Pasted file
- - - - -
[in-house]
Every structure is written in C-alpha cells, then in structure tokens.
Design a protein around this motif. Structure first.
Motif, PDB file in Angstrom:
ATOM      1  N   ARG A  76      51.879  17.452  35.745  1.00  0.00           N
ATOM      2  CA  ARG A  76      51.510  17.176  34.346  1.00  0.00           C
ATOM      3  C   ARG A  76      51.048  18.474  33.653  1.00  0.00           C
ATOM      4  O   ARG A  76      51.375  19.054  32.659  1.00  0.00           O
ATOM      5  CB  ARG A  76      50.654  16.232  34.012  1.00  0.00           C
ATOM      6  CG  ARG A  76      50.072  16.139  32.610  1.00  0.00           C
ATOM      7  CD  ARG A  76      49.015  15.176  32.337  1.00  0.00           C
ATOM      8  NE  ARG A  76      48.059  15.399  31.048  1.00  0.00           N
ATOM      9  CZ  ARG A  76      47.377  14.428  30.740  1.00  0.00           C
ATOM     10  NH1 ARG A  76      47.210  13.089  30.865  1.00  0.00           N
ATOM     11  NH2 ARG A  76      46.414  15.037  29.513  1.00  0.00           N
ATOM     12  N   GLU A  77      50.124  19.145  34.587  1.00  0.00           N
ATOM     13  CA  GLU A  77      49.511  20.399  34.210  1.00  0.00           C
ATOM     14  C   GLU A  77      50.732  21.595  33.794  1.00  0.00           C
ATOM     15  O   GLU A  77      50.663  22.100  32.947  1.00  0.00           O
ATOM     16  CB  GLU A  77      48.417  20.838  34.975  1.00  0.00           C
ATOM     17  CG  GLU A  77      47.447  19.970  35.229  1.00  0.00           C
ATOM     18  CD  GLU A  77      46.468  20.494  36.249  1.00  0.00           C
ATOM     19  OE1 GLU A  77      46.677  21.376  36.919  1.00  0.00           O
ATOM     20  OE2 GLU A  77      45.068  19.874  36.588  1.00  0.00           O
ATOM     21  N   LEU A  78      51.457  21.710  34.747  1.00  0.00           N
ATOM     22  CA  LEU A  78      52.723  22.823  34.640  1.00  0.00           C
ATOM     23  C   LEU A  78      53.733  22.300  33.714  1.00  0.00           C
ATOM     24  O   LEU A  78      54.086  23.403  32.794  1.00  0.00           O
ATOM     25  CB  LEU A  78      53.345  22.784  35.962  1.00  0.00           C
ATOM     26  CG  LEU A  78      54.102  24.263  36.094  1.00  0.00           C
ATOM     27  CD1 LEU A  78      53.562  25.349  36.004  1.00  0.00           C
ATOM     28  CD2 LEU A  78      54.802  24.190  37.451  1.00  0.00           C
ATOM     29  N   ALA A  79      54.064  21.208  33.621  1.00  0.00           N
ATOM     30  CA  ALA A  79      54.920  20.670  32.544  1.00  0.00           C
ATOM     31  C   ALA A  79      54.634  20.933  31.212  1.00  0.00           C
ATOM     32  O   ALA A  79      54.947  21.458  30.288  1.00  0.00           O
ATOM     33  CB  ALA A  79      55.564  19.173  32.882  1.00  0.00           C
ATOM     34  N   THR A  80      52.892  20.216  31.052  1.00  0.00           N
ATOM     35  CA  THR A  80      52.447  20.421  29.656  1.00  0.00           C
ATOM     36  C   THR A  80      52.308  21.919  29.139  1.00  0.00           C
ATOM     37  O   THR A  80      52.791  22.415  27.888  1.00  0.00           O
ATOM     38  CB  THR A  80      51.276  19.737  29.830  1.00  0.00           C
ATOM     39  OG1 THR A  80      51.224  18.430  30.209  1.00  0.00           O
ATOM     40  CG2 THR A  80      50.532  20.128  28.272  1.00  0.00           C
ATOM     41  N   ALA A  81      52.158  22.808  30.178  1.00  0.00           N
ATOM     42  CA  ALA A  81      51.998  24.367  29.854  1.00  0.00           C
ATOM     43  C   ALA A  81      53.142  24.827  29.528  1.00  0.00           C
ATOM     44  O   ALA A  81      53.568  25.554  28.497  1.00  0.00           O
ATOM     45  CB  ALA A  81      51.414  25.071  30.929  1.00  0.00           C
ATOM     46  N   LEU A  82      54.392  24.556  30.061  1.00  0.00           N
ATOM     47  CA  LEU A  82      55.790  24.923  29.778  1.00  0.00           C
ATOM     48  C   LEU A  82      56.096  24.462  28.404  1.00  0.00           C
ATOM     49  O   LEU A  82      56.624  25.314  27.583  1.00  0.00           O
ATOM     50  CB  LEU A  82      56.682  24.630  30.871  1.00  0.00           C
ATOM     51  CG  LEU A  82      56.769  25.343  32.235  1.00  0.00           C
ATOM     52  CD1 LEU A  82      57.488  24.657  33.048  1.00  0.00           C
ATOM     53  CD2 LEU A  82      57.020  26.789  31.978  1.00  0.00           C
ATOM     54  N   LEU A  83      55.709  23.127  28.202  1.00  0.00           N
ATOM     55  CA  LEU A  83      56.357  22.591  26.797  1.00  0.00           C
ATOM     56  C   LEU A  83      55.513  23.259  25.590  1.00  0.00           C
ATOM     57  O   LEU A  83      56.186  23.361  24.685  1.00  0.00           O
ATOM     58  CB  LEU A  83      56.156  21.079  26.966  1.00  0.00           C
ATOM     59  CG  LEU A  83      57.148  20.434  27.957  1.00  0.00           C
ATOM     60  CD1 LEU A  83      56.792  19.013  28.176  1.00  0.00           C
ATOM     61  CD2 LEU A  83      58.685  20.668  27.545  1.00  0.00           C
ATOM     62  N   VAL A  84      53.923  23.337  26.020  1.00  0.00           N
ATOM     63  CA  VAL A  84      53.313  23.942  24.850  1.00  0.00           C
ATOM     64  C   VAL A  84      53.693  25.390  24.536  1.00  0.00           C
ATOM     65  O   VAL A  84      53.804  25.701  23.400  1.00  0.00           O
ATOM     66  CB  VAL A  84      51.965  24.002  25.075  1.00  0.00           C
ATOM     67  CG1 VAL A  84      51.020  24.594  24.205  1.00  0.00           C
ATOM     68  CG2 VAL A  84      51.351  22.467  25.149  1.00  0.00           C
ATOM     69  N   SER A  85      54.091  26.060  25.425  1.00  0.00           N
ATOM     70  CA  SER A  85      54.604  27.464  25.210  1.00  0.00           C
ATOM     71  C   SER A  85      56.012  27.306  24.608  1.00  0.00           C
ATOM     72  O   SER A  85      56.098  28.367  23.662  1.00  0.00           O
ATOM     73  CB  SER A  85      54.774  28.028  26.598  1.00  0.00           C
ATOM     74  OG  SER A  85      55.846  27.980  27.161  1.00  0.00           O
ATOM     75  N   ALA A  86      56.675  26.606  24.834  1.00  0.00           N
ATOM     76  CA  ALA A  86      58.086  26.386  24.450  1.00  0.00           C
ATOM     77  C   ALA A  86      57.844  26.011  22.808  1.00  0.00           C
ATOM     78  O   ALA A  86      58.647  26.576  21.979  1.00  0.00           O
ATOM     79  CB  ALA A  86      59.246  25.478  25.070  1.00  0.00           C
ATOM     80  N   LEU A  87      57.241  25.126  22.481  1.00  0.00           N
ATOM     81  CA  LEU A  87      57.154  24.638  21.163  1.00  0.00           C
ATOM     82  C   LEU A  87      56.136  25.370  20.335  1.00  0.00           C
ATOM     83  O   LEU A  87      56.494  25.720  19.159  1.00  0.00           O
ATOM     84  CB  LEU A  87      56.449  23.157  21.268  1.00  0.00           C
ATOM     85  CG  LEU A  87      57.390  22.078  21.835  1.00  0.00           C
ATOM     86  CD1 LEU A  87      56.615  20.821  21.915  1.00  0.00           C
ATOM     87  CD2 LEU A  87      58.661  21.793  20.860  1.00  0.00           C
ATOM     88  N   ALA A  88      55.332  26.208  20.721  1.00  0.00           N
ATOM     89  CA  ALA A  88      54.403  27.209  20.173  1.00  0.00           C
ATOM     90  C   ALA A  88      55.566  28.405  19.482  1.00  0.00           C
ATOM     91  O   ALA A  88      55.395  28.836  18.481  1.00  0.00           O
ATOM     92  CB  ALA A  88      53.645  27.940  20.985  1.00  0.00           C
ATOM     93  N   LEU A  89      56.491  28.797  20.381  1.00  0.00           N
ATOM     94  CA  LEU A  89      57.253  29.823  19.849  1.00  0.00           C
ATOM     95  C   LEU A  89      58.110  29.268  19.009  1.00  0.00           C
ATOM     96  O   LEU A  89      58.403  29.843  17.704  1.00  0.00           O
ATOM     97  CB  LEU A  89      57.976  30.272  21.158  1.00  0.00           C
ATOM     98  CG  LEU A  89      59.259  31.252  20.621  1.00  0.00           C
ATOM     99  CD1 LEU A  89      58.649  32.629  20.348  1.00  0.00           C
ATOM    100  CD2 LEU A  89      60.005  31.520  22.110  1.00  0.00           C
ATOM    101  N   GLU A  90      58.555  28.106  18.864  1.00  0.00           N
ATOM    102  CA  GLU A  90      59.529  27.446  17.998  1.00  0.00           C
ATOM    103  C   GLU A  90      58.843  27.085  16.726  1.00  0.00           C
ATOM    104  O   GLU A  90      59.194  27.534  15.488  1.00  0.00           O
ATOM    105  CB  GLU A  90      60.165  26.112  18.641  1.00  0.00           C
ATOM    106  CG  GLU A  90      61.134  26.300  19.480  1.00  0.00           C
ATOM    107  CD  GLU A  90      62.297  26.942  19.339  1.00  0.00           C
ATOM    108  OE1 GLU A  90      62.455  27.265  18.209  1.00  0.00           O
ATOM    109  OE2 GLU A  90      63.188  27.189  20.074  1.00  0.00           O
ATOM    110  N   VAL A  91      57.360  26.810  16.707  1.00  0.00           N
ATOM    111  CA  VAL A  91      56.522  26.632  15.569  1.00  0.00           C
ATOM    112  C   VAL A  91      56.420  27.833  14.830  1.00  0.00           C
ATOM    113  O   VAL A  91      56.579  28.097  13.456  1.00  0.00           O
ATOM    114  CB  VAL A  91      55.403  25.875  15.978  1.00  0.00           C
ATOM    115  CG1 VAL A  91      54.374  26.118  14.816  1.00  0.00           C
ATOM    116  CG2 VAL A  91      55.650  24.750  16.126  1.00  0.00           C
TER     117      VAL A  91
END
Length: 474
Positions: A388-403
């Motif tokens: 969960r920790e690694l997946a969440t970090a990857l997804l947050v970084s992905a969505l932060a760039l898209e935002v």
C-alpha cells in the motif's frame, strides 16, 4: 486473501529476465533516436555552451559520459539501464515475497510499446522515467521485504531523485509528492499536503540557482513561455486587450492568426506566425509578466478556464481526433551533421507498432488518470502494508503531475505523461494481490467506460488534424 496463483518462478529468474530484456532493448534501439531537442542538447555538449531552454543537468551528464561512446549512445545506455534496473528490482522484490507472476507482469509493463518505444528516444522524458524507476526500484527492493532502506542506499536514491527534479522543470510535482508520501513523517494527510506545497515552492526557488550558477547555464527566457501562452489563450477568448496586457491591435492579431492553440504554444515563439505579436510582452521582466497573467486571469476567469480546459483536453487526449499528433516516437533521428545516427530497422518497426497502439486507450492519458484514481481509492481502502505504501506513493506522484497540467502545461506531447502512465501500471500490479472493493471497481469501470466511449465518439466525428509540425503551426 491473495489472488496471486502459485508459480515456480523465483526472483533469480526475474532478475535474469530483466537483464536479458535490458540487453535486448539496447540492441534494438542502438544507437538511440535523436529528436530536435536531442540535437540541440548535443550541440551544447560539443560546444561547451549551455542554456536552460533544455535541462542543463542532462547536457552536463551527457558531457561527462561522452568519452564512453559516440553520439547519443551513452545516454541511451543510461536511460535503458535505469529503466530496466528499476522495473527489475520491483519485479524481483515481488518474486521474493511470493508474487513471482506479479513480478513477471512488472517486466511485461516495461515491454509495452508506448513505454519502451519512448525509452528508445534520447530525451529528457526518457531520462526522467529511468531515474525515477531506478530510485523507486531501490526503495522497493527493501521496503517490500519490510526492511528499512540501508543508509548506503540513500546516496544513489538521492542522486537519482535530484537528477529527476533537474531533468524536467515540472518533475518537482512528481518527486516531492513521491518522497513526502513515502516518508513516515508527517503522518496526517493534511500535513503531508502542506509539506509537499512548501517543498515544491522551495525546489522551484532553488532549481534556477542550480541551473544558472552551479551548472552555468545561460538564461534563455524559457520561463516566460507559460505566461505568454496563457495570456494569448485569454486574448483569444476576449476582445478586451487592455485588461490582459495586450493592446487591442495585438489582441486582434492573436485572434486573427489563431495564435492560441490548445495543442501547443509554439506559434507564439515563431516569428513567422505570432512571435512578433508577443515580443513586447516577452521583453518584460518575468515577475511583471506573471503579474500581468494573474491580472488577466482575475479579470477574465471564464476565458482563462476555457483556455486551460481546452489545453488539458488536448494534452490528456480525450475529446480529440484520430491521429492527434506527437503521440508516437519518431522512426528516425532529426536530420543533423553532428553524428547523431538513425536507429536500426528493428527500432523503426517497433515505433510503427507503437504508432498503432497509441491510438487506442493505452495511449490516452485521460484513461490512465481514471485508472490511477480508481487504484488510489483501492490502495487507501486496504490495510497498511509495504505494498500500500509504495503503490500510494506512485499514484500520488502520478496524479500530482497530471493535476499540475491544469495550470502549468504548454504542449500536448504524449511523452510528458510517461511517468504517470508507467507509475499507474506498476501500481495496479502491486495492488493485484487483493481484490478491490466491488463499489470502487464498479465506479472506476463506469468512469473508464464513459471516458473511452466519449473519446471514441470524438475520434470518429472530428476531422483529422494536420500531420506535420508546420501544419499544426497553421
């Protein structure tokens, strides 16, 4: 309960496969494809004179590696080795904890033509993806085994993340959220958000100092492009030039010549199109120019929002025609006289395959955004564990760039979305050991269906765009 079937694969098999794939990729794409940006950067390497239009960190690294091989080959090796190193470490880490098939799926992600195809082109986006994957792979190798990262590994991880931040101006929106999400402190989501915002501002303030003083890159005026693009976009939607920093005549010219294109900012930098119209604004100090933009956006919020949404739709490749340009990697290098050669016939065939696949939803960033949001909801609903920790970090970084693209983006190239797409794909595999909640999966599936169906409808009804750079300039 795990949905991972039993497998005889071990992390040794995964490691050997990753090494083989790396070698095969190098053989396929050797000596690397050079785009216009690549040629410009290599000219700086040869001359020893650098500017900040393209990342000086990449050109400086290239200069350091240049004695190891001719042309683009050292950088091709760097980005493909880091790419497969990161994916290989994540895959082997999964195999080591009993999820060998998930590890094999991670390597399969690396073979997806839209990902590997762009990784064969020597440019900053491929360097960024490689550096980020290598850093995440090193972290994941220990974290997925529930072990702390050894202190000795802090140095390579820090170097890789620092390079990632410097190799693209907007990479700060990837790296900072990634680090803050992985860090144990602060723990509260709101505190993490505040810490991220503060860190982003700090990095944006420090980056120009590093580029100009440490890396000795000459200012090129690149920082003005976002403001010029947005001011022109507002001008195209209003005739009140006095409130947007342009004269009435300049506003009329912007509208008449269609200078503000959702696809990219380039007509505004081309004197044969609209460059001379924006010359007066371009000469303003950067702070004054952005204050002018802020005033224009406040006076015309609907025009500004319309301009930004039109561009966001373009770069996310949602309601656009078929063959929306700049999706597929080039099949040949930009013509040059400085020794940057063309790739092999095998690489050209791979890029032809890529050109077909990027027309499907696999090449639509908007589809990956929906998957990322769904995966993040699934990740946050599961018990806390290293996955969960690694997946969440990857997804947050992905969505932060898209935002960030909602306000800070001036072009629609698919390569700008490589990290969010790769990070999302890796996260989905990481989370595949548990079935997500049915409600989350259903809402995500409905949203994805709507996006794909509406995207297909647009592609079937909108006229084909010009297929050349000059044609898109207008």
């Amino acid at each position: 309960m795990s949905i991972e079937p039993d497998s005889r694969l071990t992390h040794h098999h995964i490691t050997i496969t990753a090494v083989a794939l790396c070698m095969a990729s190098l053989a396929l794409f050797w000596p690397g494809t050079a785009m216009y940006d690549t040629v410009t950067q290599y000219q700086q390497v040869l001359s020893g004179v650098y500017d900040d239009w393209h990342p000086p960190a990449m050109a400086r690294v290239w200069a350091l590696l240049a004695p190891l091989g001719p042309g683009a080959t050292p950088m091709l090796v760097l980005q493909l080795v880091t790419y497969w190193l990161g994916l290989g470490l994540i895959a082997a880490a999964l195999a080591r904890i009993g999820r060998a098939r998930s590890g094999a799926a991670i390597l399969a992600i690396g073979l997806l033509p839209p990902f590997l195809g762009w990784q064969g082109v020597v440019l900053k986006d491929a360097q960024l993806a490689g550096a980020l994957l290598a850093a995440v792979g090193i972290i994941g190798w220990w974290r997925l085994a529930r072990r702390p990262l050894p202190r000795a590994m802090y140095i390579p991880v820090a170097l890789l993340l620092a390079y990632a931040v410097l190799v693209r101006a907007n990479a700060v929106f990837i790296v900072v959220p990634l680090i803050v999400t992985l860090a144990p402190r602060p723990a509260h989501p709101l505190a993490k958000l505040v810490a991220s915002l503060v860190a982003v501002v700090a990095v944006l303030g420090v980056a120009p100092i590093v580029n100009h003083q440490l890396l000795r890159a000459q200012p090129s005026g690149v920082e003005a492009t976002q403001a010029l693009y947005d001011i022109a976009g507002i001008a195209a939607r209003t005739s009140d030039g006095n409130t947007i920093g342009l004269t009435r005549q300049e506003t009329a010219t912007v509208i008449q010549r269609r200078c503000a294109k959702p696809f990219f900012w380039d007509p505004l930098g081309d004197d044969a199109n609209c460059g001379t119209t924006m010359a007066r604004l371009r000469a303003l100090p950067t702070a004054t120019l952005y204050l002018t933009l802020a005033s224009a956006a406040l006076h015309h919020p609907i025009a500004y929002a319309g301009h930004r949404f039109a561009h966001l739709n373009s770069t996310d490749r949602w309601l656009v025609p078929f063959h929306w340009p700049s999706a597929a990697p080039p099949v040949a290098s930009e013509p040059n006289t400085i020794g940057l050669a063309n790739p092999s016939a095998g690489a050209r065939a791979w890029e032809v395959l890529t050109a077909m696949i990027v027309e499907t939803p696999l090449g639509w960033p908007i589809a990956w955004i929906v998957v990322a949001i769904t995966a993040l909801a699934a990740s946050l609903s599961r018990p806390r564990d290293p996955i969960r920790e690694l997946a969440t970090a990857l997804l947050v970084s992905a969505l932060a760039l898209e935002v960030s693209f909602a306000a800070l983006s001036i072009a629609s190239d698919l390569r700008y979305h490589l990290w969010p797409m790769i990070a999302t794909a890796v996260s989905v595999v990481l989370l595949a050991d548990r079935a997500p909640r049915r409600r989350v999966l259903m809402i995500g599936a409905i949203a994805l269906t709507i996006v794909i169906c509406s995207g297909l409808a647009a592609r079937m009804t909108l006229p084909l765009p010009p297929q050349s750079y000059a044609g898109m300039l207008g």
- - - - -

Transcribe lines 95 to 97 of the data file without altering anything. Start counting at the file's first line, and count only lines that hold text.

ATOM     91  O   ALA A  88      55.395  28.836  18.481  1.00  0.00           O
ATOM     92  CB  ALA A  88      53.645  27.940  20.985  1.00  0.00           C
ATOM     93  N   LEU A  89      56.491  28.797  20.381  1.00  0.00           N